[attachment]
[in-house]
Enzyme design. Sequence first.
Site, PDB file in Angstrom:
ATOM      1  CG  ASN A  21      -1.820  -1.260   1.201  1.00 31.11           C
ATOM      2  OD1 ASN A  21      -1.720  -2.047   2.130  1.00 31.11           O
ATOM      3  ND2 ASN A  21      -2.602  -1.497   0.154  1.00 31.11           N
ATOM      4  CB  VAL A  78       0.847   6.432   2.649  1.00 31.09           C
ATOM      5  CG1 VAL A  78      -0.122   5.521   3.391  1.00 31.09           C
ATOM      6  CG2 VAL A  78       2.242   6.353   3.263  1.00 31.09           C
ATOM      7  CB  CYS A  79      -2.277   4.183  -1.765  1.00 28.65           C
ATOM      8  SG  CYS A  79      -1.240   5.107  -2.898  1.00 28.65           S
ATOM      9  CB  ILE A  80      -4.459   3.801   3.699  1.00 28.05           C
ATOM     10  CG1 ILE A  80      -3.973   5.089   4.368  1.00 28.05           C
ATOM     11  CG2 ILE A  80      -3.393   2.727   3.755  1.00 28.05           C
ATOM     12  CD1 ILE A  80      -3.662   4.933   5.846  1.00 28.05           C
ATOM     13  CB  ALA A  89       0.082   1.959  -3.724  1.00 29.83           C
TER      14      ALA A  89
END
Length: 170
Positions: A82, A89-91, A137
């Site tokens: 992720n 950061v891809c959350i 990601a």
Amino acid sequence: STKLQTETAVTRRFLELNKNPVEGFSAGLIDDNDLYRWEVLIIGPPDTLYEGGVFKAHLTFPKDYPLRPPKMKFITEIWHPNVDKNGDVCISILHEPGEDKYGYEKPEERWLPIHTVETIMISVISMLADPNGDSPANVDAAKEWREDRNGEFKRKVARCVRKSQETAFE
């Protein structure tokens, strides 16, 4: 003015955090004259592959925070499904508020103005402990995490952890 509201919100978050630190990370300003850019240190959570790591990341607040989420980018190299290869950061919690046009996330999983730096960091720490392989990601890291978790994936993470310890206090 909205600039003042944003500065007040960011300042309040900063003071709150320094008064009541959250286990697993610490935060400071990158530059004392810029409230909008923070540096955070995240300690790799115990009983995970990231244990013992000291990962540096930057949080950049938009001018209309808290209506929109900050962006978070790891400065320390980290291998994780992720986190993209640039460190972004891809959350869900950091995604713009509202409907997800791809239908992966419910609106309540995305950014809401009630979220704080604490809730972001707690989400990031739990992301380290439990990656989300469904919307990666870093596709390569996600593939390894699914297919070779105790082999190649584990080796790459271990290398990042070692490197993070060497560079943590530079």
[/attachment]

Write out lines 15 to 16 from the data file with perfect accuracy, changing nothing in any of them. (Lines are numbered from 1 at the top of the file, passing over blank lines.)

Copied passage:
ATOM     12  CD1 ILE A  80      -3.662   4.933   5.846  1.00 28.05           C
ATOM     13  CB  ALA A  89       0.082   1.959  -3.724  1.00 29.83           C